No beating around the bush on this website. We’re going to jump head first into the rabbit hole…er, bagel hole.
You see, you can’t talk about conspiracy without talking about Jews. In fact, Jews may be the most conspiratorial tribe that ever existed.
Does that sound antisemitic or racist, maybe even a little crazy?
Well, I’m not sure what “antisemitism” means. I sure have nothing against the Arabs and other Muslims who are being terrorized by Jews. Nor do I have anything against Native Americans or people of African or Asian origin.
That still leaves the possibility that I could be crazy. Read on and judge for yourself.
Let’s begin with the premise that conspiracy is a popular topic. It makes daily headlines, and there are millions of U.S. citizens alone who believe in conspiracy. In fact, the government frequently discusses conspiracy theories, which are pushed by the media as frantically as a cocaine addict snorting white powder.
Let’s also embrace the premise that real, genuine conspiracies are not just common but a part of daily life. (If Watergate is the only confirmed conspiracy you can name, you have some homework to do. But don’t worry, you are not beyond help.)
With millions of people and countless organizations plotting conspiracies; churning our conspiracy theories, along with books, videos and websites; and spreading propaganda meant to undermine intelligent conspiracy analysis, doesn’t it seem logical that there would be some heavyweight conspiracy websites on the Internet?
In fact, wouldn’t you think there would be a website that could be named the most popular conspiracy website? Or perhaps there are two competing champions, one representing truthers, the other the government and media.
On February 6, 2021, I typed “conspiracy theory” into Google and got a whopping 19,100,000 hits. No surprise there.
The first hit is Wikipedia’s article “Conspiracy theory.” As you probably know, Wikipedia is an online encyclopedia written by amateurs. It appears to be largely controlled by Jews, which would explain why its articles about conspiratology are so derogatory and wildly inaccurate.
The second hit focuses on the movie “Conspiracy Theory,” starring Mel Gibson and Julia Roberts.
The third and sixth hits are definitions offered by Dictionary.com and Merriam-Webster.com. Dictionary.com, by the way, is owned by Rock Holdings, aka Quicken Loans, a mortgage lending company whose four founders include at least two Jews.
The fourth link plugs a book titled The Conspiracy Theory Handbook, by Stephan Lewandowsky and John Cook. Lewandowsky appears to be a Jew, which would explain his deranged aversion to conspiracy theory. He is an example of what I call an anti-conspiracist.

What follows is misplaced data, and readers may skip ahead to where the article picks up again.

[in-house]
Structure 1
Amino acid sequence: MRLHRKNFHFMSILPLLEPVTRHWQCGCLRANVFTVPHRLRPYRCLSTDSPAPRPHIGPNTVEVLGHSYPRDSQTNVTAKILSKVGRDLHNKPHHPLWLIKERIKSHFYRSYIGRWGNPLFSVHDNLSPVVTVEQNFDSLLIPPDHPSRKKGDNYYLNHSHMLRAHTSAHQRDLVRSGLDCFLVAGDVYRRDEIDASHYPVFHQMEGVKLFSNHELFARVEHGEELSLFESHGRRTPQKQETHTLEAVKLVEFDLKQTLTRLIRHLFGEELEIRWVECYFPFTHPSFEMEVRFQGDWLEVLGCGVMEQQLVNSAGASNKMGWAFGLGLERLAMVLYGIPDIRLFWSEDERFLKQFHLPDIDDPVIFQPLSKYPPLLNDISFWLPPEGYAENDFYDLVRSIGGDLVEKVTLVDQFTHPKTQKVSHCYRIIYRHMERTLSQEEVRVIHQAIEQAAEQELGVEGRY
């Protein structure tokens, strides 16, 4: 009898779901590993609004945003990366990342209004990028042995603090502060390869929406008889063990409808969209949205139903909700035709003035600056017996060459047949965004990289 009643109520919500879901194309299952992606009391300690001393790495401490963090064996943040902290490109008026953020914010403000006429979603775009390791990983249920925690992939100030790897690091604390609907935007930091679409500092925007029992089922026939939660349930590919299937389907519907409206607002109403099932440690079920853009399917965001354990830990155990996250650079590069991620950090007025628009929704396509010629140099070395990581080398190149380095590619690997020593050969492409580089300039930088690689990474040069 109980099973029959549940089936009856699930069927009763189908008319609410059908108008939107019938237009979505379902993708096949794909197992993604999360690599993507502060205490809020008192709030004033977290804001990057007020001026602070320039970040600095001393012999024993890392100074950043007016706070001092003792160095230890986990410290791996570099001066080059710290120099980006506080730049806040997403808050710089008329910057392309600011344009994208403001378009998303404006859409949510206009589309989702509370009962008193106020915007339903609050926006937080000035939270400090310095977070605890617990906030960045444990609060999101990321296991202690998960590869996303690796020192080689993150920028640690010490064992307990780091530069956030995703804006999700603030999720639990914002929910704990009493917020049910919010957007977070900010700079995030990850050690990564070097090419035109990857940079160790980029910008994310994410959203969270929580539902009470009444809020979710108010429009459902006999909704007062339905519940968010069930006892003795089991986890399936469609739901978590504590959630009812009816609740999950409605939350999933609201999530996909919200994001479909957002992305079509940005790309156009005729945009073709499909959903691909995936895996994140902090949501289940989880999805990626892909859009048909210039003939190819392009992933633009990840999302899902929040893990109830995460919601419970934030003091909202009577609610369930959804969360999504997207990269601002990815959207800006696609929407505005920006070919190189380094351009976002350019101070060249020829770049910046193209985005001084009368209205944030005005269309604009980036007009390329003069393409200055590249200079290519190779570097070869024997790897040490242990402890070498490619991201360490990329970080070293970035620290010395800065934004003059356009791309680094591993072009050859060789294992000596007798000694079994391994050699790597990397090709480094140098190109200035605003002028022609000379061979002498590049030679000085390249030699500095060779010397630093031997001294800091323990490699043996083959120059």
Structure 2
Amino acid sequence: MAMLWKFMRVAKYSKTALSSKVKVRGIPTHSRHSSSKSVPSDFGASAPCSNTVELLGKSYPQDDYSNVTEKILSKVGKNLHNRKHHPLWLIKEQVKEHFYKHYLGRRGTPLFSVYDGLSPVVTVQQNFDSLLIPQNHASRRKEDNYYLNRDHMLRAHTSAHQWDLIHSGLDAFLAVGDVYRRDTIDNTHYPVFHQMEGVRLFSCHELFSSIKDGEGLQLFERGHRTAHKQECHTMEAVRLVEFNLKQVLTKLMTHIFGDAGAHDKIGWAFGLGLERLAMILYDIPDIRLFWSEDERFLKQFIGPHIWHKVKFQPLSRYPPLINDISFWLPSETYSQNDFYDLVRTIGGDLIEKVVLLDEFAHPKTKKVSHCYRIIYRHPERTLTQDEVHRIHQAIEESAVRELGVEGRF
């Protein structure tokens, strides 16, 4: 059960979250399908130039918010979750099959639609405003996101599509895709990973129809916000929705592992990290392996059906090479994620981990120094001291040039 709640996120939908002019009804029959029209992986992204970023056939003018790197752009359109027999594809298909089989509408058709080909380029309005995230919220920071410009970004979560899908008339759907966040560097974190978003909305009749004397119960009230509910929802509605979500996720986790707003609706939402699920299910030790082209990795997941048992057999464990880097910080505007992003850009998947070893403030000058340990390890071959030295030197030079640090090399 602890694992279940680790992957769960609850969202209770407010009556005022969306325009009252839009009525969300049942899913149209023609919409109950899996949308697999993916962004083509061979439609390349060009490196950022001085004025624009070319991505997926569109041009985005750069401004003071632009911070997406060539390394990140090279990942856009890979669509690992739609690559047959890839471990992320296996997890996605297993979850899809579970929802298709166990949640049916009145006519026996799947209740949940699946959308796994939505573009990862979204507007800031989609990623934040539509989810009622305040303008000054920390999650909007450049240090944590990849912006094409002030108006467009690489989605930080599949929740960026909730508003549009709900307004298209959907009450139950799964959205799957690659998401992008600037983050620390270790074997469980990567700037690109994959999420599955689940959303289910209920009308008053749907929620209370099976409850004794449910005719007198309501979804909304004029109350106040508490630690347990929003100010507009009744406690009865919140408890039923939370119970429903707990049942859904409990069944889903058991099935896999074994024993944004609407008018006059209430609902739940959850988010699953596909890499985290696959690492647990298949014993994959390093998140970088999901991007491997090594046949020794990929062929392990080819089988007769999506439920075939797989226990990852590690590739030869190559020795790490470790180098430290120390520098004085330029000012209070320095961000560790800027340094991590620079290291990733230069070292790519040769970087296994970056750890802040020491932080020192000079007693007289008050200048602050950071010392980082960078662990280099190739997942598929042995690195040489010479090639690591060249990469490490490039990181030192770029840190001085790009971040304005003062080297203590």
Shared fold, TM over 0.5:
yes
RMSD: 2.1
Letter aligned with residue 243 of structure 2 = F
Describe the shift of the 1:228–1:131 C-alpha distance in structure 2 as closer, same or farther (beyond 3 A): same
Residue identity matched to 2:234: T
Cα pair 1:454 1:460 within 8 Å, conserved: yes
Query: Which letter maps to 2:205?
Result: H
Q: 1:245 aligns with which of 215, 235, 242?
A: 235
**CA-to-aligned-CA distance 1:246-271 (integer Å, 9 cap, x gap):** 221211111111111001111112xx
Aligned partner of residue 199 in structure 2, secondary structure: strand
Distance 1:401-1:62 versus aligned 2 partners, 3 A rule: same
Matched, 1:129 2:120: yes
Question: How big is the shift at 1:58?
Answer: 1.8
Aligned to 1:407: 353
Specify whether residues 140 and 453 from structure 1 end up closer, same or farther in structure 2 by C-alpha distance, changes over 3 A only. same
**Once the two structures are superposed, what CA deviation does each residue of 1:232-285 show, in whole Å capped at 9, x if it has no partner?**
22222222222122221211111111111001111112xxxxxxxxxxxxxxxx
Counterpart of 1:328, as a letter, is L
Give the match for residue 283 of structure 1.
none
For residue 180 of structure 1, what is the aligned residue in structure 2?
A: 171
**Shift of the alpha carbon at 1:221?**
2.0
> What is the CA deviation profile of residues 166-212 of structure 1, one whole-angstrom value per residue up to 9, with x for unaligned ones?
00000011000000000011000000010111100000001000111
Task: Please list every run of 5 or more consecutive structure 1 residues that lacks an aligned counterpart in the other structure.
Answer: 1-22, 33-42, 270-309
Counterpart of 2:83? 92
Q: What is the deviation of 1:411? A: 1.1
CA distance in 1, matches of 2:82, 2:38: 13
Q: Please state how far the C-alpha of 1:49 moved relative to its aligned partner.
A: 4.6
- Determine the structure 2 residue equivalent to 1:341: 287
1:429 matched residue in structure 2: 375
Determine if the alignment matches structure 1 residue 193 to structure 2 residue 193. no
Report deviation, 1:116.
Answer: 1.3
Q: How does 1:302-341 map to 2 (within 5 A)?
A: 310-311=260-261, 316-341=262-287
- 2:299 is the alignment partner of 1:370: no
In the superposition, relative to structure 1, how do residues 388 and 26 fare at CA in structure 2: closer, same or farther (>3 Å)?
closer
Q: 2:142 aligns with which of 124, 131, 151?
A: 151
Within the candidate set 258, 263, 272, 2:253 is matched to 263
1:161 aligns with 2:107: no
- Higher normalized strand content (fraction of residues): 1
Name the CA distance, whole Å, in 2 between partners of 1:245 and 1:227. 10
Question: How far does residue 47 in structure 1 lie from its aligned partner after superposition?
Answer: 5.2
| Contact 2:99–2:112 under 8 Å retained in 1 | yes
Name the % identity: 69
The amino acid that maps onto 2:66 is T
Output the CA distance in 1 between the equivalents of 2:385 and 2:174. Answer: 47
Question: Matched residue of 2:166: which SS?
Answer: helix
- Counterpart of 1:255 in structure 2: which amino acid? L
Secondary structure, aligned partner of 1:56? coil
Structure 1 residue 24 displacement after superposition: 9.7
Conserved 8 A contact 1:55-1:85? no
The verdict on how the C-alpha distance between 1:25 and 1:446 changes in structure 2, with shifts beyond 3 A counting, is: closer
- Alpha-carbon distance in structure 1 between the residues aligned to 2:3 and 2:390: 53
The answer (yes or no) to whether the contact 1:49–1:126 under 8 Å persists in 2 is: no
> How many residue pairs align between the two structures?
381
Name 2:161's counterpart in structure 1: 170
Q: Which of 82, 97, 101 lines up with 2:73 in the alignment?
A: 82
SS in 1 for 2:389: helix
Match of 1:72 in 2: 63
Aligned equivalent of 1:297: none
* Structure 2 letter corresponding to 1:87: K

The fifth link leads to an article in National Geographic: “Why people latch on to conspiracy theories, according to science.” The folks at National Geographic, by the way, is anti-conspiracy.
Next is a thrilling article about Donald Trump and QAnon in nature.com.
The eight link is another plug for that Mel Gibson movie “Conspiracy Theory.”
Weighing in at #9 is Mashable.com’s conspiracy channel. Mashable, by the way, was founded by Pete Cashmore, who appears to be another Jew. It is owned by Ziff Davis, co-founded by Bill Ziff Sr., a Jew.
Tenth place goes to an article in TheConversation.com titled “Why creationism bears all the hallmarks of a conspiracy theory.”
You can probably guess what comes next: more of the same.
There are definitions, movie reviews and derogatory articles written by media whores. But if you just want to find a reputable website that offers credible information about conspiracy or conspiracy theory, good luck.
Of course, I love to boast that I own the best conspiracy website on the Internet. But I’m not completely arrogant. I at least took the time to check the competition, only to discover that there is none. Unless it’s simply being deliberately ignored by Google (which would qualify as a conspiracy, by the way).
Quality conspiracy websites may thus be similar to intelligent species living on other worlds. Many of us are pretty sure they exist, but they’re all but invisible, and there’s little hope that we’ll ever meet one.
By the way, I should mention that Google is owned by Jews, as are YouTube and Facebook. That’s right—Jews control the three most popular websites, and a lot of other super powerful websites as well. They effectively control the social media.
As you may know, Google, Facebook and Twitter appointed themselves guardians of the truth regarding the coronavirus pandemic. They claim they don’t want people spreading harmful conspiracy theories, yet they shamelessly promote idiots like Donald Trump, Jew Biden and Bill Gates.
That‘s why my book Jew Flu: The Coronavirus Conspiracy is nearly invisible. I had to order business cards promoting it from China, because companies in the U.S. and Europe labeled “Jew Flu” racist or hate speech. That’s right, I had to go to communist China in search of free speech.
And so we’re stuck in limbo, unable to definitively answer the question What is the best conspiracy website or book?
And if you think that’s trivia, guess again. It’s damn hard to find any reputable conspiracy resources, period. They’re snubbed by Google, Facebook and Twitter and banned by Amazon and online bookstores.
There is one more reason I continue my quest for reputable conspiratology resources. I would like to find quality sites that I can exchange links with. I might even buy some advertising on their sites.
So if you know of any good books or websites focusing on conspiracy, let me know. I’ll maintain a list of good resources on my Links page.